Courtesy photo

Courtesy photo

Issaquah School District settles negligence lawsuit for $4.25 million

The lawsuit alleged the district covered for a now-convicted child molester while he was a teacher.

The Issaquah School District has agreed to pay $4.25 million to settle a lawsuit involving a former middle school teacher who was later convicted of child molestation.

The settlement comes more than 20 years after Richard Buckley taught at Issaquah Middle School, from 1992 to 2000. The lawsuit alleges that during that time, school administration covered for Buckley by playing down concerns and complaints filed by parents.

The lawsuit states that Buckley started grooming the female survivor in 1997, when she was 12 years old. In 2002, when the survivor was 17 and still in a relationship with Buckley, he molested her 10-year-old sister. Buckley was arrested in 2003 and convicted of child molestation. He served six years in prison before being released, according to a spokesperson for the law firm representing the survivor.

But the lawsuit, filed by Tacoma-based law firm Pfau Cochran Vertetis Amala, alleges that Issaquah School District administrators had or should have known about Buckley’s record of inappropriate action long before that. The lawsuit states that teachers and parents noticed Buckley’s inappropriate behaviors the same year he was hired, and made numerous complaints to administrators through 1995.

The district and administrators at Issaquah Middle School disregarded the concerns and complaints, the lawsuit alleges. The lawsuit states this was because Buckley curried favor and protection from school administrators, gaining a reputation as a talented teacher.

“(Issaquah Middle School) administrators knew that Buckley’s behavior was inappropriate, but they took little action, prioritizing the drama program over protecting young female students from his paraphilic interests,” the lawsuit reads.

Issaquah School District issued the following statement on the lawsuit settlement:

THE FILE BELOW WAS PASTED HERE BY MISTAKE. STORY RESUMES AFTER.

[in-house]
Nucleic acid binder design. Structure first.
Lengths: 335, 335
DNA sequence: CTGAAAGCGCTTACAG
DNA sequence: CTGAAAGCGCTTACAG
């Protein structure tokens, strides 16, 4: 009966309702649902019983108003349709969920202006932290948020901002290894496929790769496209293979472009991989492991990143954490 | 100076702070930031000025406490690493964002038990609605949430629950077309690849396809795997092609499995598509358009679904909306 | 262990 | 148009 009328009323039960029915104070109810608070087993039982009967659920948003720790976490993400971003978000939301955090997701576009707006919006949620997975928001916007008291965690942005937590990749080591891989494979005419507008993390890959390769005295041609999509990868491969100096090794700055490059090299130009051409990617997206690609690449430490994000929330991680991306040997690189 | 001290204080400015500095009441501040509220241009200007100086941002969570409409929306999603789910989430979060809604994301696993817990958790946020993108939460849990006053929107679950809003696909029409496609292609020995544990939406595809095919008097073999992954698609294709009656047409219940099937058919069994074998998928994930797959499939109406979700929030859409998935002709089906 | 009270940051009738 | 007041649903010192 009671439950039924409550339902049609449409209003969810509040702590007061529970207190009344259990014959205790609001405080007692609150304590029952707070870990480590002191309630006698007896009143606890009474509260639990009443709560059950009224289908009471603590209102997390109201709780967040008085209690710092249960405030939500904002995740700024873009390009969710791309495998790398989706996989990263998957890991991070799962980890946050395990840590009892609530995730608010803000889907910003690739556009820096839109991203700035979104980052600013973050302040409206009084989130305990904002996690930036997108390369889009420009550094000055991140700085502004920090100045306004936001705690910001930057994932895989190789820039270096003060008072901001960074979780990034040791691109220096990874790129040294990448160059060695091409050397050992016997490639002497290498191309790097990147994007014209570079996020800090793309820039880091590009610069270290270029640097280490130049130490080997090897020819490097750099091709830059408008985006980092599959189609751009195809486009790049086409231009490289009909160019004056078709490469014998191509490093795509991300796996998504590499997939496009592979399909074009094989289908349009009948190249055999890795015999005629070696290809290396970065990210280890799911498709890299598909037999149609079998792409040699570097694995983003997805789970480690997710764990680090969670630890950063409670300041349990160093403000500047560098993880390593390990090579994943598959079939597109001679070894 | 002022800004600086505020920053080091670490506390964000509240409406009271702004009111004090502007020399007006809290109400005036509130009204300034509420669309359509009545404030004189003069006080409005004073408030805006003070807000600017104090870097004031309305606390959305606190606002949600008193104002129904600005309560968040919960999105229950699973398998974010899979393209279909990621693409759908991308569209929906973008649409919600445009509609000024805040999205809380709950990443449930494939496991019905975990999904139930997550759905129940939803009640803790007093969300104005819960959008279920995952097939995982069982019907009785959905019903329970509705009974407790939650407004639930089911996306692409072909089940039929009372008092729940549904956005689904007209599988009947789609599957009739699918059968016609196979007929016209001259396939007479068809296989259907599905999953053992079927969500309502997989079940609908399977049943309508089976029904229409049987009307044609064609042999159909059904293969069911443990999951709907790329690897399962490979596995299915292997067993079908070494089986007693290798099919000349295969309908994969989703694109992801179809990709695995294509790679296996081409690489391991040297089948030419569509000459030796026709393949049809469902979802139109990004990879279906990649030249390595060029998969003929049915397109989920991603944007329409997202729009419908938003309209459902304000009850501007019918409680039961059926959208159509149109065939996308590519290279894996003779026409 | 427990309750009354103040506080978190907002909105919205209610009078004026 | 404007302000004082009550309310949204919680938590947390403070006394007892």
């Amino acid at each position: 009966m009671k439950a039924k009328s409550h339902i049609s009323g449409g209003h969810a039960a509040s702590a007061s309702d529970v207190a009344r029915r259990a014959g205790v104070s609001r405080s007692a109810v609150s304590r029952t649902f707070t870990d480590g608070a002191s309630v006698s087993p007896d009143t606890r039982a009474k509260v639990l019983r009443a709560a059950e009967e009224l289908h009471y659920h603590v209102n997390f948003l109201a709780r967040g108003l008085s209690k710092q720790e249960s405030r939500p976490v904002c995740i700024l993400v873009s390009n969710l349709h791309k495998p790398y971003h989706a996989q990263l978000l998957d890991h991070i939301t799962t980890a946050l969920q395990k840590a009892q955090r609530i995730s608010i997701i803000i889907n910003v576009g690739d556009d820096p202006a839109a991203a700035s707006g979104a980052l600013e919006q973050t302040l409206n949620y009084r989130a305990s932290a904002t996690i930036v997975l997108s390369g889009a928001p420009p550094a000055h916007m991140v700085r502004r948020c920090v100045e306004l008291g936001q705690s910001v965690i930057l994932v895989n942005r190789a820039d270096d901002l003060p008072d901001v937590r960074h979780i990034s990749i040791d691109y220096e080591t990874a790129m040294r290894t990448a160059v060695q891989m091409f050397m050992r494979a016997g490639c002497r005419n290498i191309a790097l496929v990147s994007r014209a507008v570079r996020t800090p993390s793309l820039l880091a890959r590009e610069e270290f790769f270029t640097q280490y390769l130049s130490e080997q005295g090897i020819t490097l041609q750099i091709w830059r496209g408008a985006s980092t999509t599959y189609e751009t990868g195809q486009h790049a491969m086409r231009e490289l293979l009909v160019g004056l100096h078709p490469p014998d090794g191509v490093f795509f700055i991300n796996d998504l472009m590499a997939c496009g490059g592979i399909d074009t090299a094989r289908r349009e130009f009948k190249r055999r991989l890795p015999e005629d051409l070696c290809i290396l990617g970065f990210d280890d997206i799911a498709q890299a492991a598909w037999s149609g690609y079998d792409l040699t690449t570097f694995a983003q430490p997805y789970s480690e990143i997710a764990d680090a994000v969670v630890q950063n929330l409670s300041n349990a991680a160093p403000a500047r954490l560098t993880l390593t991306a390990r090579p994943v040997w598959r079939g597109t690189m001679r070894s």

“This matter is being settled prior to trial. The case arose based off of circumstances that happened in the district decades ago. The decision to settle was made considering a number of factors, including providing compensation for a severe breach of trust by a teacher at the time. All costs of the settlement will be covered by the district’s insurer,” the statement reads. “While Issaquah School District denies any negligence by the district, we acknowledge settling is a better solution for everyone involved. Regardless of the lawsuit and the legal process, the district condemns, in the strongest sense, any abuse of a minor.”

The lawsuit alleges that the then-Issaquah Middle School principal protected Buckley from scrutiny for years. The lawsuit further alleges that in 1995, when Buckley’s behavior couldn’t be ignored, an administrator recommended that he pursue his master’s degree.

Buckley took a year off to obtain his master’s degree and resumed teaching at Issaquah Middle School in 1996. The lawsuit states that he would take young girls for private rides, invited them to his home after school and stayed out late alone with them.

It was around this time that Buckley began grooming the lawsuit’s plaintiff, according to the lawsuit. The lawsuit states that over the coming years, Buckley repeatedly sexually assaulted the survivor before his arrest in 2003. During his time at the school, he also groomed at least four other female students, trying to recruit them as teaching assistants.

Former Issaquah School District Superintendent Janet Barry was named as a defendant in the lawsuit, along with the district. Barry retired as superintendent in 2007. The lawsuit alleges that Barry became aware of allegations against Buckley by at least the spring of 1998. She wrote a letter to the Office of Professional Practice reporting these concerns, but did nothing else to elevate the level of supervision on Buckley, the lawsuit states.